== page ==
Life has changed, and if you’ve read any of this and are thinking “This is me. This is how I feel” then I promise it can change for you, too.

You just have to ask for help, and it will be given.

Happy new year. x


Written by guy_interrupted

January 1, 2012 at 10:52 pm

30 Responses

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  1. as Adele puts it…my own saviour standing on my own two feet…..yours is an interesting journey and through that you managed to write a good few words of wisdom and keep a few of us on some kind of straight and narrow……and tweet lots of random nonsense with the rest of us……

    It’s a strange old world we live in and social media exposes you to so many people and opinions that you may never have thought or considered….the joy of the new age is that even if you don’t agree it might may you think…and change things…..

    As an individual you made me think different about HIV….made me get tested….made me less judgemental and made me jealous of a life I feel I may never have….

    good luck on the next stage of your adventures….you are in a strange way an inspiration…..[thats a compliment]



    January 1, 2012 at 11:11 pm

  2. Another great post. Your place in the top 50 influential tweeters is so deserved. I hope 2012 brings you much happyness. Looking in the mirror every morning I don’t like the person staring back at me. Hopefully I too can find the inspiration to change.

    Keep tweeting, keep blogging.


    January 1, 2012 at 11:24 pm

  3. Excellent. Thanks for sharing such an incredibly personal story.

    Alan Law

    January 1, 2012 at 11:25 pm

  4. I was genuiely upset and disheartened when I began to read this…. I had no idea how your life had dipped, I think I kind of assumed you had it all; so now this has really made me stop and think.

    I am deeply happy to read how you have managed this and in the process found love, I trust your writing continues, and your steadfast attitude and acitvism re safe sex etc.

    i hope and trust 2012 will continue for you as it has begun.

    Love,regards and respect… Vinncent.x

    Vincent in Ireland

    January 2, 2012 at 12:07 am

  5. Amazing Kristian. Thanks for sharing your story I am sure it will help a lot of people. Happy New Year!
    Lots of love xx

    Louise Gillespie-Smith

    January 2, 2012 at 7:26 am

  6. This is such a brave thing to write. I’ve been through a frighteningly similar experience this year, resulting in me quitting alcohol – with help – in October. I finally know who I am, what I’m like without alcohol, after all these years. Do you know what I mean? It’s still a strange feeling every morning. It’s so sad that so many people live secret, destructive lives like this so it’s a fantastic thing you’ve done Kristian in writing this blog. Nothing is perfect. It doesn’t have to be but I feel more ‘perfect’ now than I have ever done – without any assistance from alcohol, or anything else for that matter. Who knew!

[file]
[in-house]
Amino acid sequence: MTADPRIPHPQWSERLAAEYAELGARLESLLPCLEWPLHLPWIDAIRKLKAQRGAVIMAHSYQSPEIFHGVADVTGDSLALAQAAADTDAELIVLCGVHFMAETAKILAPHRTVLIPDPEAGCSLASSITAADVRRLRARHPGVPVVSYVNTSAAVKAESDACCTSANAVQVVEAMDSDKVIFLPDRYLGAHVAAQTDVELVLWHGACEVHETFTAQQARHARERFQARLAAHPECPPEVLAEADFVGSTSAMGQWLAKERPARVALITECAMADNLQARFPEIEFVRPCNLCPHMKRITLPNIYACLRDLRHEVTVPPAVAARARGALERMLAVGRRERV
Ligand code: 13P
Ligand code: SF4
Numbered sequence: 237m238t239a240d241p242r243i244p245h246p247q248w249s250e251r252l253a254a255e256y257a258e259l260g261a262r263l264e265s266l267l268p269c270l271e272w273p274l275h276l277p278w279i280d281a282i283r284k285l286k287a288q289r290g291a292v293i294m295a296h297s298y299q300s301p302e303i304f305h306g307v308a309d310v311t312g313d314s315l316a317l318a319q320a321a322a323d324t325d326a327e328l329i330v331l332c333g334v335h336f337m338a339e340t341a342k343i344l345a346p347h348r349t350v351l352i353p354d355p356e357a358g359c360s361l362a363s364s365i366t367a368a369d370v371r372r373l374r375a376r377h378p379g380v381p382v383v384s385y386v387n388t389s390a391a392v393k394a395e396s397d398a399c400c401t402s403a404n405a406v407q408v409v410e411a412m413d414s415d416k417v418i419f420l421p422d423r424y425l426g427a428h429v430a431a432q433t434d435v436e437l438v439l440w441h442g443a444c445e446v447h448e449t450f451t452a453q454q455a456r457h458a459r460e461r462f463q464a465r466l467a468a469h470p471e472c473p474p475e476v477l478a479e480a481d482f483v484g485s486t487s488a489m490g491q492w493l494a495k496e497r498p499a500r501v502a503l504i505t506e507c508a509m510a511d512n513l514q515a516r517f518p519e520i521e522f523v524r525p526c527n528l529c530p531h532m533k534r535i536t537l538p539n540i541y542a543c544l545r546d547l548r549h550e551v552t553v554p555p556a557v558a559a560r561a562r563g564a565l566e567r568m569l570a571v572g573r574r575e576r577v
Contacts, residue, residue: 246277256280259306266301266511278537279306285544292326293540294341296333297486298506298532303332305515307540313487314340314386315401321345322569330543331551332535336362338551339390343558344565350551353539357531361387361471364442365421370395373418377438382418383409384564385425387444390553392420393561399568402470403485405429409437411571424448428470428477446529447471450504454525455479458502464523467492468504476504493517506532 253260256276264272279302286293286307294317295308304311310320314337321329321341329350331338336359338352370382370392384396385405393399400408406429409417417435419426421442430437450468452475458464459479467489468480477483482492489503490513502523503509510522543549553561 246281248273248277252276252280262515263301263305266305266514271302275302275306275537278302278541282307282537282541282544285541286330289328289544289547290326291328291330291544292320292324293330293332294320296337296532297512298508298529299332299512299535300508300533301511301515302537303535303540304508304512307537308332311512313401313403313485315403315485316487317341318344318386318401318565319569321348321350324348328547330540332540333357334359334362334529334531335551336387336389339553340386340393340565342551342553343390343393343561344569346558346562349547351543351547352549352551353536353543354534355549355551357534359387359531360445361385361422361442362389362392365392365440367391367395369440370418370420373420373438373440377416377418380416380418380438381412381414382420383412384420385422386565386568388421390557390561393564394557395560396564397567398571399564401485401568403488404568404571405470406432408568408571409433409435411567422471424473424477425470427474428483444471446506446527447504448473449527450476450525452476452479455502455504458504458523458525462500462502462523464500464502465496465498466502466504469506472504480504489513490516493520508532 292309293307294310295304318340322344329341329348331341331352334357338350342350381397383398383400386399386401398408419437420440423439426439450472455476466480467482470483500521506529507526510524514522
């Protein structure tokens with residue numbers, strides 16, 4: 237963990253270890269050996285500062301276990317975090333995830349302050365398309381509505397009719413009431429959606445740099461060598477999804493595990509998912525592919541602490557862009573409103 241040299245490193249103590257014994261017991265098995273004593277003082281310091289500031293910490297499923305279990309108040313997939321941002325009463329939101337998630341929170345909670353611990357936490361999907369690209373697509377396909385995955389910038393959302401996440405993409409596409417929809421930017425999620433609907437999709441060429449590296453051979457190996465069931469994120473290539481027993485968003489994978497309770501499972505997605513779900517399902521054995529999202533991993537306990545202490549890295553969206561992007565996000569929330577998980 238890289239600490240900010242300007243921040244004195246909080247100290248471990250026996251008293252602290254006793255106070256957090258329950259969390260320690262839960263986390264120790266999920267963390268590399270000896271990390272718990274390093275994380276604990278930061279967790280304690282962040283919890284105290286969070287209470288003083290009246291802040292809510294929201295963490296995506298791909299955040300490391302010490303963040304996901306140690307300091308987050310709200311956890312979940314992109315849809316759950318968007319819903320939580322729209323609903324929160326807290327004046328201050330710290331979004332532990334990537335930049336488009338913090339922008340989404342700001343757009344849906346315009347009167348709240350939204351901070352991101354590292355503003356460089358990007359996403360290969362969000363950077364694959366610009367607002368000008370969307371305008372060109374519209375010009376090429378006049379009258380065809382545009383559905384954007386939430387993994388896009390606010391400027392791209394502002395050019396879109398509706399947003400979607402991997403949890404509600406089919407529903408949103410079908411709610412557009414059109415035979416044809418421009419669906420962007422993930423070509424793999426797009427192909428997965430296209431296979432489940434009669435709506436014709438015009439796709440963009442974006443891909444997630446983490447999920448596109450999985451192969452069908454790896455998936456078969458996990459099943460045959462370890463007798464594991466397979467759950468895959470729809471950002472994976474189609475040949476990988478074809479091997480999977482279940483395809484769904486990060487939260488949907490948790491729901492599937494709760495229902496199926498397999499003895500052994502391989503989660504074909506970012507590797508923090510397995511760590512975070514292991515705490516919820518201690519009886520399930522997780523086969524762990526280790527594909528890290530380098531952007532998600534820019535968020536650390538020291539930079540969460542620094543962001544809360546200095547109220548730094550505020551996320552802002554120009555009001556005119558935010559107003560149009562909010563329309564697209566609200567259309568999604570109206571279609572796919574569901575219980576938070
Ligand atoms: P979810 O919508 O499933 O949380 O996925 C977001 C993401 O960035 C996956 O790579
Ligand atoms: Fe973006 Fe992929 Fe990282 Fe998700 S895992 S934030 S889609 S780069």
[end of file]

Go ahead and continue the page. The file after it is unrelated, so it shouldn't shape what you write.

Simon Heath

    January 2, 2012 at 9:10 am

    • I have a saying, Simon. “Progress, not perfection” – who wants perfect anyway? It’s *incredibly* boring 😉

      Good luck and keep on keeping on. Glad to hear you came through the other side x


      January 2, 2012 at 1:15 pm

  7. Another brilliant post KJ. Typing this while tears roll down my face. So glad you found a way to come through and brilliant news about the boyfriend and job.



    January 2, 2012 at 9:40 am

  8. I wish I could have shown this to my son Tom. He died four years ago after a life made hell by his addiction. In the end I think he would have welcomed death as he could see no way out.

    Good luck to you and your partner.


    January 2, 2012 at 10:29 am

    • I’m really sorry to hear about your son, Sue. I know how it feels to see no way out and it crushes me to hear of someone who didn’t manage to get out of that dark place. Hopefully with this blog and your brave comment, we will be able to help other people who might be feeling the same. Thank you for reading and posting. Loads of love. Kristian x


      January 2, 2012 at 1:17 pm

  9. As ever, your honesty is breathtaking.

    Duncan Alexander

    January 2, 2012 at 11:34 am

  10. Kristian,

    I hold my hat off for you! What an inspirational story and I’m sure EVERYONE is behind you to keep your life going better and better. You just brought a tear to my eye in a good way. Happy New Life!


    Mark Fell

    January 2, 2012 at 2:04 pm

  11. Inspiring – well done!!


    January 2, 2012 at 4:36 pm

  12. Amazing blog and I feel some kinship with you as my sobriety date is January 2nd 2009. I was too hungover to quit on the first, naturally. It takes guts to share this stuff and trust me it gets more crazy the longer you stay sober. So there’s never a shortage of material. Anyway, congratulations and thanks for speaking the truth!


    January 2, 2012 at 4:47 pm

  13. Thank you for sharing this. It is fantastic to hear the good stories, when spirit and will triumph. Congratulations! As they say every journey starts with a single step, you’re well on your way and with someone to share it with, every day should be a great adventure. If I may, I’d like to wish you health, wealth and happiness for the new year and your new life…

    Rohn xx


    January 3, 2012 at 4:07 pm

  14. Fascinating and moving story. The very best of luck with your recovery. You and ” deserve every hapiness. Lots of love and luck x